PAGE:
EMG Signal Analysis and Application for Arm Exoskeleton Control

DOI : 10.17577/IJERTV3IS080865

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EMG Signal Analysis and Application for Arm Exoskeleton Control

1Anubhav Gupta, 2Ritika Inamke,

1,2Electronics and Telecommunication Engineering, Maharashtra Institute of Technology College of Engineering,Pune, Maharashtra, INDIA.

3Akash Darak,

3Electronics and Telecommunication Engineering, Maharashtra Institute of Technology,

Pune, Maharashtra, INDIA.

AbstractAim of this paper is to throw light on the concept of electromyography (EMG) signals and how they can be applied to real world applications through the employment of motion support exoskeleton.

The scope of the present research is to design a low power, low cost EMG based exoskeleton system and its experimental implementation in an elbow joint, naturally controlled by the human. Preamplifier section is designed with operational amplifier OPA4227 through which raw EMG signal is extracted by passive electrodes. Amplified EMG signal is passed through filter section for restriction of frequency range. This restricted signal is rectified to acquire constant polarity for higher average output voltage. Acquisition and processing of EMG signal is done by ATMEGA 32U4 microcontroller. Data is transmitted to computer for visualization through Zigbee module. Surface EMG amplitude and the torque about elbow joint construct the system design.

KeywordsArm, Electromyography, EMG, Exoskeleton, Muscle, EMG-torque relationship, Biomedical signal noise considerations.


    1. EMG signal

      The EMG signal is basically a biomedical signal which measures electrical currents generated in the muscles. These currents are generated during the contraction of muscles representing neuromuscular activities. This neuromuscular activity is the result of a signal generated in the brain which is transmitted through the nervous system to the motor neuron attached to the muscle fibers in the muscle. A depolarization wave is generated throughout the muscle fiber when motor neuron fires which creates an action potential in the muscle fibers resulting in the movement of electric charges. This electrical activity produces an electric signal in the muscle called as Electromyogram (EMG) signal.

      This raw EMG signal consists of a series of spikes whose amplitude depends on the amount of force delivered by the biceps. Stronger the contraction of the muscle, larger the amplitude of the EMG signal. Also, the frequency of spikes is the firing rate of motor neurons. As the amplitude of the EMG signal is directly related to the force exerted by

      the muscle, it is used to determine the force signal sent to the exoskeleton.

      Fig. 1. EMG Signal

    2. Surface EMG

      Various types of techniques for obtaining the EMG signal are available. Clinically the use of needle electrodes is suggested however they are invasive techniques and hence impractical and uncomfortable for a portable application such as general amplitude measurement for exoskeleton control. Hence the use of surface electrodes is applied for this purpose. The most obvious advantage is the ease of application, no need of medical supervision due to its non-invasive nature and good accuracy achievable with proper precaution. The amplitude, time and frequency domain properties of the surface EMG signal are dependent on factors such as:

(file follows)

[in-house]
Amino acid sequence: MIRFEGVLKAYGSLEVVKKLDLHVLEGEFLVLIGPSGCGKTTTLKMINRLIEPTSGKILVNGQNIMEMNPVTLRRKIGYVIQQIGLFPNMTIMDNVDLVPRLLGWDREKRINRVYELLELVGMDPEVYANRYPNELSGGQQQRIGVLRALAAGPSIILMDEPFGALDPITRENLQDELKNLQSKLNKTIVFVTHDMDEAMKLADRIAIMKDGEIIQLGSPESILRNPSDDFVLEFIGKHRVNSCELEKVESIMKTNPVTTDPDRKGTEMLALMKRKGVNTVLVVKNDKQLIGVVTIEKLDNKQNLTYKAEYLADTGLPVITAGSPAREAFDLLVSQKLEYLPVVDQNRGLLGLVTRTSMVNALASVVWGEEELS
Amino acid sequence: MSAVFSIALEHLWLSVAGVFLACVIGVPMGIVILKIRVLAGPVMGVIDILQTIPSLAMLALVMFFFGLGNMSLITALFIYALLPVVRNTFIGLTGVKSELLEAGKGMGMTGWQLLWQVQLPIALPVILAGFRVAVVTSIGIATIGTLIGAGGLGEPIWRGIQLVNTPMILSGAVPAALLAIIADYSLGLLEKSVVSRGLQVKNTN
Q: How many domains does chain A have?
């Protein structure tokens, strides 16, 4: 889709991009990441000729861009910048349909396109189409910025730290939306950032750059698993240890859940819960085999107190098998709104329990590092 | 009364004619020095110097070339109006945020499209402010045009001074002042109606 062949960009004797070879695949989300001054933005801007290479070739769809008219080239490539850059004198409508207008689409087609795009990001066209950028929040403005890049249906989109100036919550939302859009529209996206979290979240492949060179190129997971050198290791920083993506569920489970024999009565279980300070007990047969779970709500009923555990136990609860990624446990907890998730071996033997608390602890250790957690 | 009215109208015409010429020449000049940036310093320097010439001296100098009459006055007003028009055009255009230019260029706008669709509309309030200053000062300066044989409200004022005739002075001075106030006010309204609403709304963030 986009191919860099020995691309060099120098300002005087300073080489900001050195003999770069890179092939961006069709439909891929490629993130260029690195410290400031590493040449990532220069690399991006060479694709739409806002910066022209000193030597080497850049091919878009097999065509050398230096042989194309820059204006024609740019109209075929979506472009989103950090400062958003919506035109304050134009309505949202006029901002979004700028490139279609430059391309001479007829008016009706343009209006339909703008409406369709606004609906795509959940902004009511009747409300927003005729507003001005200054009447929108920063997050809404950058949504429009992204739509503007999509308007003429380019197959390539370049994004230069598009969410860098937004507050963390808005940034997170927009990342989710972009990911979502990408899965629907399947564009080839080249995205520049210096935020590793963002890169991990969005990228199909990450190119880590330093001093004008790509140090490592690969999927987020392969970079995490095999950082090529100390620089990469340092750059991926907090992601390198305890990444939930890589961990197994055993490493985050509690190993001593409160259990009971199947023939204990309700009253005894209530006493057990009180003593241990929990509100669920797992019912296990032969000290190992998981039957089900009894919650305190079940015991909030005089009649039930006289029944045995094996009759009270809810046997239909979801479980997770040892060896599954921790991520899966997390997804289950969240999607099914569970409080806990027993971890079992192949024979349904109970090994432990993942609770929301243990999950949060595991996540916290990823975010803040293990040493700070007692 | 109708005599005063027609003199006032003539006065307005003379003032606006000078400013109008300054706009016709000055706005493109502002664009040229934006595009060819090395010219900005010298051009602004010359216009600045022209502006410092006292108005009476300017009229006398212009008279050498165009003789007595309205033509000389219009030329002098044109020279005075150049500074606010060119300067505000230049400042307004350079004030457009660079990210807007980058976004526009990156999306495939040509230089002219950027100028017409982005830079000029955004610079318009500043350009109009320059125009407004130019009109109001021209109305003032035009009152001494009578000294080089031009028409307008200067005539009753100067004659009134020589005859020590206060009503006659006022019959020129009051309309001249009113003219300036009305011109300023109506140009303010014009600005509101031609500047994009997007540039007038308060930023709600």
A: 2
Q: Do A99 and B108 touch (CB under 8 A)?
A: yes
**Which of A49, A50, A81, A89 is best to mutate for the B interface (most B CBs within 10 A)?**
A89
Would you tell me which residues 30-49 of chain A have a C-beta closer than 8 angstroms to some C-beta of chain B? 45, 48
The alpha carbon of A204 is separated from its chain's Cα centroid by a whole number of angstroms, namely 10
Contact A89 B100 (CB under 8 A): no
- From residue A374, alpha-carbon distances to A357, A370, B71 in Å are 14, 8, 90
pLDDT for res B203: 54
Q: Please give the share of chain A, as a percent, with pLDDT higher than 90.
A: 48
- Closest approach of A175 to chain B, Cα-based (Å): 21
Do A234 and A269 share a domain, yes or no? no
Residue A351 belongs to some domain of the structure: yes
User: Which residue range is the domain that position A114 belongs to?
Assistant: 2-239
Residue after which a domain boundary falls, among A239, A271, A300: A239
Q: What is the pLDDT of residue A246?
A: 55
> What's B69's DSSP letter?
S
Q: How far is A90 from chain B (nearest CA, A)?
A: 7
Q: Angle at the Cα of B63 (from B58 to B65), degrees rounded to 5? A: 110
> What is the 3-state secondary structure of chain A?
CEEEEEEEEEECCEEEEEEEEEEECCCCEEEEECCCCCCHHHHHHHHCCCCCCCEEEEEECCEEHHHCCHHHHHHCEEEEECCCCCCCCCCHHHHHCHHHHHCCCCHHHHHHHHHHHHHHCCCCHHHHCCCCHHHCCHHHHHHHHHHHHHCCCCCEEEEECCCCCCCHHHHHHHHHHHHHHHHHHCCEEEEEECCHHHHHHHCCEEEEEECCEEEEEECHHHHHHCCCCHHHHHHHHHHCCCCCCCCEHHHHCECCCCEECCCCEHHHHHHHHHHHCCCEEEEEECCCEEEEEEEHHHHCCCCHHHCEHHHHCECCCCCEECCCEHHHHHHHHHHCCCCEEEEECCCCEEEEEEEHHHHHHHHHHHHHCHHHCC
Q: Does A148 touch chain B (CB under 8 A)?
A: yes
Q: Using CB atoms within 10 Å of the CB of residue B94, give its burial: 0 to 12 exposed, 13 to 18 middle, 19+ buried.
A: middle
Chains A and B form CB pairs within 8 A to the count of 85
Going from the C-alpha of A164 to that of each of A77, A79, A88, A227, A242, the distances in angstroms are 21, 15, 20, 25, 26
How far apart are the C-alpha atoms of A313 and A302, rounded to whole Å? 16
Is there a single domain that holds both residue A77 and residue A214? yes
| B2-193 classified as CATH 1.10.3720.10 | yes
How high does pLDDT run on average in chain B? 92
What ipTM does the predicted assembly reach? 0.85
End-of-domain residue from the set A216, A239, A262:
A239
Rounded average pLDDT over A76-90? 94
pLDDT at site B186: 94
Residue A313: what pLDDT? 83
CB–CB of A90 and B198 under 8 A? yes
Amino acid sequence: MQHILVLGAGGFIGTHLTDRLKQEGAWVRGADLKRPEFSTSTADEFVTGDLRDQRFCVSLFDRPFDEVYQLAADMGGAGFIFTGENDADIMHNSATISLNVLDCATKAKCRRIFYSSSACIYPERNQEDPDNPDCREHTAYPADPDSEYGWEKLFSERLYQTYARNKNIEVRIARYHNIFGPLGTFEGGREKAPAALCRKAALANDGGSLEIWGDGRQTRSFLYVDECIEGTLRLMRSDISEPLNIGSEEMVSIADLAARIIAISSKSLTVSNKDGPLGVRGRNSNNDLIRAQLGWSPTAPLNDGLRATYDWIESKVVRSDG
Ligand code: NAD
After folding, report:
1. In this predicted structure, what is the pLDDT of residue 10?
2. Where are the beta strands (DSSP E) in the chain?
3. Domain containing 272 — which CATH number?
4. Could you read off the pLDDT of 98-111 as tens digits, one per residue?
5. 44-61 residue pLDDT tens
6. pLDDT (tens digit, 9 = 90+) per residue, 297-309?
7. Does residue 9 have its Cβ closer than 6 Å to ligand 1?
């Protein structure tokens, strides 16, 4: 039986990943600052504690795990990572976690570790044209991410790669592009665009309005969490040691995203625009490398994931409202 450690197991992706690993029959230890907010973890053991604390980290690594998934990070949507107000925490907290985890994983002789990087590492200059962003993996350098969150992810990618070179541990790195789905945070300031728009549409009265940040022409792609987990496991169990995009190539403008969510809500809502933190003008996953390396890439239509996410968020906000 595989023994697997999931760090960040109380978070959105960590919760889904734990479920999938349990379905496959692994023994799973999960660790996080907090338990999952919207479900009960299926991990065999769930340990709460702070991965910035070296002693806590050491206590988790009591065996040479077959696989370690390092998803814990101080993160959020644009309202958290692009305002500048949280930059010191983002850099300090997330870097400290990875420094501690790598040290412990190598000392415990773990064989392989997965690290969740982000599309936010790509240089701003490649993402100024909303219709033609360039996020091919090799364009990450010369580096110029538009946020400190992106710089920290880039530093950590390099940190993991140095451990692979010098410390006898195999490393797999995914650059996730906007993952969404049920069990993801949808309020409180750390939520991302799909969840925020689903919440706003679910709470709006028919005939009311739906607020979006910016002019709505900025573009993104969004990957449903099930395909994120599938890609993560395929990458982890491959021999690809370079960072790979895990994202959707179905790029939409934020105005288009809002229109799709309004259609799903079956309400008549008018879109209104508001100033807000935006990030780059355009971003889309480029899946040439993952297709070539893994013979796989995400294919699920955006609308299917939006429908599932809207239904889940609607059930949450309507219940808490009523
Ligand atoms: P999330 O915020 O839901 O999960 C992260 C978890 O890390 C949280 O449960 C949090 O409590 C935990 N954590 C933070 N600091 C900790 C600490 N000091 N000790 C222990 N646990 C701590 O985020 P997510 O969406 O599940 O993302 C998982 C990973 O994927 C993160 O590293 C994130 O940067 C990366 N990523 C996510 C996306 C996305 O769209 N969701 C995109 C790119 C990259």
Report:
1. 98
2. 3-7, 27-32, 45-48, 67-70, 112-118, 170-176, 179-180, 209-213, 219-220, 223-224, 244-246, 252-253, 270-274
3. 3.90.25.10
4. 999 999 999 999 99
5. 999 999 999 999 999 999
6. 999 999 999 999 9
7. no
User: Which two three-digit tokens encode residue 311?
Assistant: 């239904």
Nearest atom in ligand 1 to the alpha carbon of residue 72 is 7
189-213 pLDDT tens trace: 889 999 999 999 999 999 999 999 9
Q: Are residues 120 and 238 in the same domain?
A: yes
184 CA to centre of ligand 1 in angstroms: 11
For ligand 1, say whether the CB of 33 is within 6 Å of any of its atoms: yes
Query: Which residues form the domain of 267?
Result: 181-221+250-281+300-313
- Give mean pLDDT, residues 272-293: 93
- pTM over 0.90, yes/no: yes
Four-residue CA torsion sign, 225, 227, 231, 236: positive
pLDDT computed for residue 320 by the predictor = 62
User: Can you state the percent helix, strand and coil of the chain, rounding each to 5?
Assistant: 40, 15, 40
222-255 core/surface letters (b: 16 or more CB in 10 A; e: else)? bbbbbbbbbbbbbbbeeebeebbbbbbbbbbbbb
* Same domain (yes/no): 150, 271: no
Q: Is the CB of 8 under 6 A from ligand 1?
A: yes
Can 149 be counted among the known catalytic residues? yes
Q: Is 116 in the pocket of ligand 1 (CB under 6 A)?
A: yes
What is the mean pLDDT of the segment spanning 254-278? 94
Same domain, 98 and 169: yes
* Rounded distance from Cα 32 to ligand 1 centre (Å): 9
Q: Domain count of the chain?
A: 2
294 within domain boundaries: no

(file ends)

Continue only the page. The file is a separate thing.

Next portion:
• The timing and intensity of muscle contraction.

      • The distance of the electrode from the active muscle area.

      • The properties of the overlying tissue (e.g. thickness of overlying skin and adipose tissue).

      • The electrode and amplifier properties.

      • The quality of contact between the electrode and the skin.

    3. Relation between EMG signal and muscle torque

      The relation between surface EMG and torque makes EMG an attractive alternative to direct muscle tension measurements. The complexity of the EMG signal origin has been a barrier for developing a quantitative description of this relation.

      There are many applications that the tension exerted by the muscle group during the various activities is useful, however direct measurements are unnatural, invasive and expensive. A relation between EMG and torque simplifies the situation, because EMG is readily obtained by surface electrodes.

      Studies of the relationship between surface EMG and torque have found that there exist both linear and non-linear relationships. The degree of linearity is dependent on the muscle being investigated. Characteristics of the muscle of interest may also influence the EMG to torque relationship. Muscles of uniform fiber composition exhibit a linear relationship while a random non-uniform composition of fibers behave more nonlinearly. Furthermore, the muscles display nonlinear behavior at lower torque levels due to selective recruitment of motor units at different distances from the electrodes.

      As a summary, the concept of torque for the skeletal muscles is derived from the motion of the bones about a joint due to muscle contractions. Since surface EMG signal measures the activity of the skeletal muscles, a mathematical relationship can be established between the EMG amplitude and net joint torque.

      Fig 2. System Block Diagram

    4. Exoskeleton